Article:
Thursday, 17 November 2016
We can make a change in society by refusing to be a bystander- Alastair Pringle, EHRC
We haven't seen the same rise in reported incidents in Scotland as we have elsewhere following the vote to leave the EU, but that doesn't mean that people feel safe, or are not anxious about how people are viewing them in Scotland. Too many people still feel they have license to abuse their fellow citizens on racial or homophobic or other grounds.
We worked with the Scottish Government on the recently published Scottish Social Attitudes Survey which showed that negative attitudes towards some groups remain stubbornly entrenched, in particular for Gypsy/Travellers, people with mental health problems and transgender people.
However, it also showed significant improvements in attitudes towards gay, lesbian and bisexual people and showed that attitudes in general towards Scotland’s black and ethnic minority community remain positive. So we have made good progress, but clearly still have a long way to go.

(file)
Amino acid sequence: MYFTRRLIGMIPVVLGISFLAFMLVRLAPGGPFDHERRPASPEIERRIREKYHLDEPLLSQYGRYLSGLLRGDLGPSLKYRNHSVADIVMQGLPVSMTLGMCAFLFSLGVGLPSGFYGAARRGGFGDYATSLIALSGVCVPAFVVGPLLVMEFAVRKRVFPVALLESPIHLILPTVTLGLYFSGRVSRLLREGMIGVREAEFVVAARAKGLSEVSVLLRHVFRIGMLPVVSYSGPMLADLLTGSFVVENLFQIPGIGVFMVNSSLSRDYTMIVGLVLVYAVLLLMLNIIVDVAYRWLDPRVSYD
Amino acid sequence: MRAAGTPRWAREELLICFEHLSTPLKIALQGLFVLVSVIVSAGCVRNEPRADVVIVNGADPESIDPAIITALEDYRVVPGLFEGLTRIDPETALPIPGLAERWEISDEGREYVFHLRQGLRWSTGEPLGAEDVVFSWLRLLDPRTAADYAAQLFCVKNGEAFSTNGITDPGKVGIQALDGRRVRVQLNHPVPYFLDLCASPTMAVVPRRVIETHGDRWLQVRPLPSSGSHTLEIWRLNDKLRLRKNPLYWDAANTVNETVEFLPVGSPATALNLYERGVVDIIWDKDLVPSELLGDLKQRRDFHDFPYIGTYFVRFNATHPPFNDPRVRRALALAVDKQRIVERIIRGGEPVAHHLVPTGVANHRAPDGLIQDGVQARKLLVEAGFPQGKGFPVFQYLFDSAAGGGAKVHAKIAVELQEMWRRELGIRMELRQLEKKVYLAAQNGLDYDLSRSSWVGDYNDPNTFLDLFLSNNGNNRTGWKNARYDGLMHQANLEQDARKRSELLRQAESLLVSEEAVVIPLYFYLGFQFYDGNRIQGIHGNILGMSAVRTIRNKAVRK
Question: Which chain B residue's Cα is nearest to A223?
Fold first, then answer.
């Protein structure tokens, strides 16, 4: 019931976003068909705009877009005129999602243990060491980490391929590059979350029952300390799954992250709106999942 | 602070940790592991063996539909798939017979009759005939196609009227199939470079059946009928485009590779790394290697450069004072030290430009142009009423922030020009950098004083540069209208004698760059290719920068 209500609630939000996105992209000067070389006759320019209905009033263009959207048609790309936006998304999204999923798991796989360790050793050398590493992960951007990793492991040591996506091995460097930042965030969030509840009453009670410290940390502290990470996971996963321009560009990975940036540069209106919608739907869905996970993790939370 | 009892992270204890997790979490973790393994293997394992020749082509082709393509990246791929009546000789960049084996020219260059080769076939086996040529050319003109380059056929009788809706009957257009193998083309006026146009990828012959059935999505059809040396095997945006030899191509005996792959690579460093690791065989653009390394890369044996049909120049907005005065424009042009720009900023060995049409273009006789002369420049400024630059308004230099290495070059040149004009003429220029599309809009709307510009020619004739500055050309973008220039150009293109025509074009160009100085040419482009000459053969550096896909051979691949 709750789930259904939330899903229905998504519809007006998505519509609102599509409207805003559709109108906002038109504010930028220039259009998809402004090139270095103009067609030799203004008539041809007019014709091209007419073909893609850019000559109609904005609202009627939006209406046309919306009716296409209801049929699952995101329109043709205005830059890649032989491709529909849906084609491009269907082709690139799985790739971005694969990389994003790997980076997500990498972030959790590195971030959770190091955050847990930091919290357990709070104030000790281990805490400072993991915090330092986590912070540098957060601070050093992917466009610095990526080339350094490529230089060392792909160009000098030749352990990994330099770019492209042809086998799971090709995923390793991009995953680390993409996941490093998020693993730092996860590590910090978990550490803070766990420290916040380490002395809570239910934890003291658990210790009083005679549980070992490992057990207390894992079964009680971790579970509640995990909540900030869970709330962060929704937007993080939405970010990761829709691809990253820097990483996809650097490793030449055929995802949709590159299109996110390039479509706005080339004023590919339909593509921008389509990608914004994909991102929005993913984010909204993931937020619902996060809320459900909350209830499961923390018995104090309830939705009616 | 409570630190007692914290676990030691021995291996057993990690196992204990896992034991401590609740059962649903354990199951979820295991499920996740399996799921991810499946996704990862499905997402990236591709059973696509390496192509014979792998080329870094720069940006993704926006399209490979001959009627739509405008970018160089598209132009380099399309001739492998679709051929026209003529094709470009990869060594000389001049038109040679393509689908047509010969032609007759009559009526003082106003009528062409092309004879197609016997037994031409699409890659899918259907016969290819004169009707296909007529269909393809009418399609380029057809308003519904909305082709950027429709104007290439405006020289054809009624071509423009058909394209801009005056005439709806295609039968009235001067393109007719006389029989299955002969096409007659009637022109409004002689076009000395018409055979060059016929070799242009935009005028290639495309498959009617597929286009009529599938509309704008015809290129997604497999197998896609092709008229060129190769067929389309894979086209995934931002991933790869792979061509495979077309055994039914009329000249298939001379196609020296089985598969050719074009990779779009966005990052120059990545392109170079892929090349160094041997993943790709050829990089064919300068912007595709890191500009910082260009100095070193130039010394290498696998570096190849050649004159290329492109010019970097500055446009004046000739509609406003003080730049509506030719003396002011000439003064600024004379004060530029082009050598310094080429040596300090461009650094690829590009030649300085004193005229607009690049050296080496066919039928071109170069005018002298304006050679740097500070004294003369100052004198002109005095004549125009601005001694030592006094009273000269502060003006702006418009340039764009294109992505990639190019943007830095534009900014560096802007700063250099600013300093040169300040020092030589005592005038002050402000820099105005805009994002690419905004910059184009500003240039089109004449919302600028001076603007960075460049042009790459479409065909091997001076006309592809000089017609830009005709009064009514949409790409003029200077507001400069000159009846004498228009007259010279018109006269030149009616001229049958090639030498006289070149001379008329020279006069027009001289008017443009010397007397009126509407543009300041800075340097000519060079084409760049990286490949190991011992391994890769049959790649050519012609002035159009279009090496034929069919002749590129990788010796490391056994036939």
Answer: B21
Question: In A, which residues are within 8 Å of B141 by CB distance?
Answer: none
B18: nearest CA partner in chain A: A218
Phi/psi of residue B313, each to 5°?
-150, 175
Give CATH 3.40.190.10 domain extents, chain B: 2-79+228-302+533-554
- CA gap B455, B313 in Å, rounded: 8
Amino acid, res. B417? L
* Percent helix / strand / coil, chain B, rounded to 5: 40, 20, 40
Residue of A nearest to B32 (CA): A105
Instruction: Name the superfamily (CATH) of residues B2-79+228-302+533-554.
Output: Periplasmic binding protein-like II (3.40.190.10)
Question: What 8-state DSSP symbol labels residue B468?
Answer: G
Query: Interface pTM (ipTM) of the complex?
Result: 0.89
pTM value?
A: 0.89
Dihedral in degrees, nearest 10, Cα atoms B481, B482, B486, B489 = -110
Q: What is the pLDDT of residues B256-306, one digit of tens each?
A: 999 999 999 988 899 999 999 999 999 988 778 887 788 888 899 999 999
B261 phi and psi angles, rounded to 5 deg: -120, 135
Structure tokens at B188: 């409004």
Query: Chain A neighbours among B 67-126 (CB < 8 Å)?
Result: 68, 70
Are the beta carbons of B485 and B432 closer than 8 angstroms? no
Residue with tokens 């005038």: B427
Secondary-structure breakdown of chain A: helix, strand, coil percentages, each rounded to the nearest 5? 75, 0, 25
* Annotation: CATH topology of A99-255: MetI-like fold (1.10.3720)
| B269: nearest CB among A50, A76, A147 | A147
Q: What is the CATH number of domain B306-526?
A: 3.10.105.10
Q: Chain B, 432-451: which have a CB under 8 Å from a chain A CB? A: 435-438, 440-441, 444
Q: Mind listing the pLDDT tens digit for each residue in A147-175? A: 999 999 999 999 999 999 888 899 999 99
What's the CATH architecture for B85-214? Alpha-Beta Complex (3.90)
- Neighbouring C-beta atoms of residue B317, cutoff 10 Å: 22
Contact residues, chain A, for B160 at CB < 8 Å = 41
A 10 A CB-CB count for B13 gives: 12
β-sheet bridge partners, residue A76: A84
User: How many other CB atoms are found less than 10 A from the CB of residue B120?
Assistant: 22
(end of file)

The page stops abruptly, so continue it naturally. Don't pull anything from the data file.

We believe that part of the solution lies in understanding how best to challenge environments which are permissive of this sort of behaviour. The stark fact is that half of all reported hate crime incidents are committed by, and towards, young people.
Building confidence amongst young people, those who work with them and those who work in community settings, to tackle prejudice and discrimination wherever they see it is absolutely vital in tackling prejudice in Scotland. There is also a need to examine current evidence to see what is currently working, before we try to reinvent the wheel elsewhere.
This is a responsibility for all of us. We all have a part to play, from the Scottish Government, to our schools, to our workplaces, to each of us as individuals. We can make a change in society by refusing to be a bystander, showing leadership by example and speaking up and being an active citizen. It is everyone’s business to make this a thing of the past.
Equality and Human Rights Commission